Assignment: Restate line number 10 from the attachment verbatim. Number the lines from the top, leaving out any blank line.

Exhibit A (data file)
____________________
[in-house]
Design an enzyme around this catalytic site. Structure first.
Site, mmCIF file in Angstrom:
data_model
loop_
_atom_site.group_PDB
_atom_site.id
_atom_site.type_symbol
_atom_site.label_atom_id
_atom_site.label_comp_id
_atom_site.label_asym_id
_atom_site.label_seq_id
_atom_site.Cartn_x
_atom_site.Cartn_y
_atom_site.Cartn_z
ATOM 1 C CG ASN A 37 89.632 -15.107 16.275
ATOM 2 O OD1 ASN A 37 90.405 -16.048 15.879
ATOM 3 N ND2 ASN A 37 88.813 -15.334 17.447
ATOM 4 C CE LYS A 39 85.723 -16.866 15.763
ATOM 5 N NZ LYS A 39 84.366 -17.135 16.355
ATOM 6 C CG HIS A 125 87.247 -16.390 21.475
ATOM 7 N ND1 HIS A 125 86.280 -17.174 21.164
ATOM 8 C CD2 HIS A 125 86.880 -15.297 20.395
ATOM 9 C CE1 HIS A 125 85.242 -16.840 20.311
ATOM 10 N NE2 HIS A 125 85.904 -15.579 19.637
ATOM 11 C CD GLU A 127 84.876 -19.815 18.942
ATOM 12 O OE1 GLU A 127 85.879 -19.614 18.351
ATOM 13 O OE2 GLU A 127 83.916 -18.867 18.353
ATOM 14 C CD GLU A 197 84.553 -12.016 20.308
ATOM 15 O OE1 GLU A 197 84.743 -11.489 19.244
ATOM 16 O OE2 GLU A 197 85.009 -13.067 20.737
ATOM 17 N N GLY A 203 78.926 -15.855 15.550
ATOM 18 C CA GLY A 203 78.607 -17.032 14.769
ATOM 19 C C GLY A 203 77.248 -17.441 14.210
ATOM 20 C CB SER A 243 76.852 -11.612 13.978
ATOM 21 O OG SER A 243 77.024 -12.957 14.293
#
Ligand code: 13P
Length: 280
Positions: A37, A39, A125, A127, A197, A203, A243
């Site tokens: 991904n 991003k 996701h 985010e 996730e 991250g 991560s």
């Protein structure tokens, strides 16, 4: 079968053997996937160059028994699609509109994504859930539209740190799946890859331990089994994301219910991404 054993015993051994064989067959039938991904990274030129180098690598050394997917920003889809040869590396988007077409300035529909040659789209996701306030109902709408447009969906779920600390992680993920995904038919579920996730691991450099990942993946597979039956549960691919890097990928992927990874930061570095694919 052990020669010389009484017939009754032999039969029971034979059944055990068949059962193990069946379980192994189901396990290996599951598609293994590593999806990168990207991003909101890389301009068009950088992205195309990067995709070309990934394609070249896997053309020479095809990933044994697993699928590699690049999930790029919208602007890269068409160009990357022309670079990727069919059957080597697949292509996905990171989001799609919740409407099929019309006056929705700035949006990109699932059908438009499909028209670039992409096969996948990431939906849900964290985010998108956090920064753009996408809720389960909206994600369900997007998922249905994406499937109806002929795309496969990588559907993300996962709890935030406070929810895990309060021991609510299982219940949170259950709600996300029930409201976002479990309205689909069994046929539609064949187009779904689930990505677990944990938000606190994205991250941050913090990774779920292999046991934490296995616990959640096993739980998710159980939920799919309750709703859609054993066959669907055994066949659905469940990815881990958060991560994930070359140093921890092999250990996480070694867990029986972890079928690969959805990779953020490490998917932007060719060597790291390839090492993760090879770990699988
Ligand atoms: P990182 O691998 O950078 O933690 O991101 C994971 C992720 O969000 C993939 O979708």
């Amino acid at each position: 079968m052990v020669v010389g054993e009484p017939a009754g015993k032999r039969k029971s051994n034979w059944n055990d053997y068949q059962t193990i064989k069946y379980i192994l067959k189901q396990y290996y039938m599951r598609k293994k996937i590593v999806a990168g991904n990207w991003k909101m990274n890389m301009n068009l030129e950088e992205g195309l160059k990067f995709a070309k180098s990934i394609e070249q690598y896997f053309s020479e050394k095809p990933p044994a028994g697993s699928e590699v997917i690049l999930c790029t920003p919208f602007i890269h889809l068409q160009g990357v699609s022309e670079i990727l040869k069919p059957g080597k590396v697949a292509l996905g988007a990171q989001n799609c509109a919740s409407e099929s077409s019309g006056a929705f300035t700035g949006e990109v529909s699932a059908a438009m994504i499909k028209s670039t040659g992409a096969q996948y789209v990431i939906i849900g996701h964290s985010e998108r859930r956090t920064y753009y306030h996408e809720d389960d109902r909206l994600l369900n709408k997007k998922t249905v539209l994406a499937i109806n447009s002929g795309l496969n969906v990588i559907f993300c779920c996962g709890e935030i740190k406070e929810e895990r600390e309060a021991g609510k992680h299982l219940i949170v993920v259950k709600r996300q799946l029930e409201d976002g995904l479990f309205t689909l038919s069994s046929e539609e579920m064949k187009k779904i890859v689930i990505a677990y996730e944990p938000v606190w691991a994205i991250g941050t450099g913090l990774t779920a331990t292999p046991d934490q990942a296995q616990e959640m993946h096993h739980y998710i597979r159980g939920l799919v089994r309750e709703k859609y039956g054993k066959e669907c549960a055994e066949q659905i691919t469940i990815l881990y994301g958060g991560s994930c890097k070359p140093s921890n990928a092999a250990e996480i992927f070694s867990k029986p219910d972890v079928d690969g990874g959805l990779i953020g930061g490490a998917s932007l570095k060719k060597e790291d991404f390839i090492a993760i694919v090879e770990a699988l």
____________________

_atom_site.label_comp_id